If Tiger Woods dominates golf for another 15 years, perhaps Bradman will have a peer. For now, no other sport has seen his like. Dissenters have suggested he wasn¹t the most marvellous‹that some other batsman was more elegant, another more powerful or charismatic. But always Bradman¹s record destroys their claim. Between 1928 and 1948 he played 52 Tests, 24 as captain, in which he scored 6,996 runs at an average of 99.94. For cricket followers, it is that average, pondered even for the thousandth time, which bewilders.

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His public life ended long ago. He would never comment on the latest trifle. He rarely graced social functions, even those which honored him. But few people felt deprived, much less slighted. Most knew that this was the right course for a great Australian: it ensured his spell would never be broken.

He was the youngest of five children, one of whom was a brother, Victor, but these two never waged the fierce backyard "Tests" which many champions count among their dearest memories. Learning to bat was for Bradman a solitary process, and the pastime which was no less than the making of him featured the now famous props of a water tank, mounted on a brick stand at the back of his house, a cricket stump and a golf ball. The boy would throw the little ball at the brick stand and hit the rebound with his stick. He would do this for hours at a time, day after day, for years.

By the age of eight, without knowing it, he'd taught himself the essentials of footwork: back to short balls, forward to fuller ones. He realized that balls of the same trajectory could be struck to different points with subtle alterations in footwork and the angle of the wrists. He began to throw the ball faster, to the point where it's likely he faced nothing quicker in Tests than he did as a boy, alone at the back of his house. "If he has a fault," wrote English reporter Trevor Wignall in Bradman's heyday, "it is that he makes cricket look too much like child's play."

As a callow bowler in the opposing XI, what would it have been like to confront this man? Bradman's entry onto the ground was an amble, which some interpreted as him basking in the applause. In fact, he was allowing his blue eyes to adjust to the sunlight. From narrow shoulders hung muscular arms; this was the result of nothing except overuse of a bat. More striking was his unmistakable half-smile, reflecting both supreme self-confidence and pleasure. He was nerveless in the moments before his first ball. "I couldn't wait to bat," he said. "The bigger the occasion, the tenser the atmosphere, the more I liked the game."

On arrival at the crease, he studied the field; he did not perfunctorily glance about as most batsmen do. Satisfied, he'd utter a shrill "right" and crouch over his uncommonly light bat. That single word sent a powerful message: Bradman was ready. Perhaps the most remarkable thing about him was that his determination matched his ability. He brought both qualities, in freakish amounts, on every outing. The latter never softened the former, and the former never smothered the latter.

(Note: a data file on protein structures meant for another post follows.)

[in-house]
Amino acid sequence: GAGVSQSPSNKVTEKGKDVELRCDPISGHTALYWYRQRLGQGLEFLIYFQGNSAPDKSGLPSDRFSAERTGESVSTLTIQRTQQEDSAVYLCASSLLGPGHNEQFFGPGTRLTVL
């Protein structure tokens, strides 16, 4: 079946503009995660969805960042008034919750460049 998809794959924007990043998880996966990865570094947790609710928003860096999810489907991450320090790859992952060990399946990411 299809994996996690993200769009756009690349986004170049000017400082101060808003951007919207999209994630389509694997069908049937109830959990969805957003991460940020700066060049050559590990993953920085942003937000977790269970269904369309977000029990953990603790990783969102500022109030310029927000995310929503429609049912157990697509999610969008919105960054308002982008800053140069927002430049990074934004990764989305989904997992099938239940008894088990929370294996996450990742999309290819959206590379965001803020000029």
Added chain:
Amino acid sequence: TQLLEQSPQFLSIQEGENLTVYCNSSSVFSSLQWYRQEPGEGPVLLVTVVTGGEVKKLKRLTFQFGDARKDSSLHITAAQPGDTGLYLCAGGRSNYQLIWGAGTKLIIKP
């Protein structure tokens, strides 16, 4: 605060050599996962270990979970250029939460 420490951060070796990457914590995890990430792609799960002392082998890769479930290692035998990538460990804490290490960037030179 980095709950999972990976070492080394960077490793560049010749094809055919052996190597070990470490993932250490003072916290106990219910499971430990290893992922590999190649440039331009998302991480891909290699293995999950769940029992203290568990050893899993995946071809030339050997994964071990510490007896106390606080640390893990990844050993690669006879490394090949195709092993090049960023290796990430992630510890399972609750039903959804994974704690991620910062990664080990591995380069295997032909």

As the bowler moved in, Bradman revealed two more idiosyncrasies. First, he did not tap his bat, a habit observed by virtually every batsman at all levels. He was perfectly still-and still smiling. Second, his grip was unusual, his bottom hand turned more toward the front than the textbooks recommend. Though this grip should have made certain strokes awkward to play, it didn't seem to: his horizontal-bat shots went straight to ground, and it was this as much as anything that caused his discovery.

At 18, Bradman was batting in the Sydney Cricket Ground nets, one of 20 youngsters chosen to show their bowling talents (young Bradman was also a talented leg-spinner) to state selectors. One selector, Harold Cranney, noticed how Bradman's hooks, pulls and cuts were rifling into the base of the net. On closer inspection, he noted the youngster's fast feet and daring: the lad treated the crease not as a precipice, but as a dance floor. Cranney summoned his fellow selectors. He also urged the swiftest, tallest youngster present to throw all he had at the Bowral boy. Bradman played him expertly. Two years later, in 1928, he was selected for Australia.

During the ball's split-second journey from the bowler's hand to the batsman, Bradman would show still more of his peculiar method. His backlift wasn't straight but in the direction of second slip, and his rear foot moved back and across the stumps. He liked to score from his first ball, then assess the vagaries of the pitch from the other end. He was most vulnerable early-he made seven noughts in 80 Test innings-but, once settled, an all-out attack was likely. These consisted of shots of all types, with a weighting toward late cuts and pulls, sometimes off balls that weren't short, just made to seem so by Bradman's movements. "As I ran up to bowl," recalled England's Jim Laker, "Bradman seemed to know where the ball was going to pitch, what stroke he was going to play and how many runs he was going to score." He wasn't a beautiful batsman-he lacked the grace of Victor Trumper, Ted Dexter or Mark Waugh-but as his late teammate Jack Fingleton wrote: "He was such a genius that he could well have indulged himself in the artistic flourishes of batting, but he was too much of a realist to permit himself to do this. Every spectator in Bradman's heyday sensed that he was using not a bat so much as an axe dripping with the bowler's blood and agony."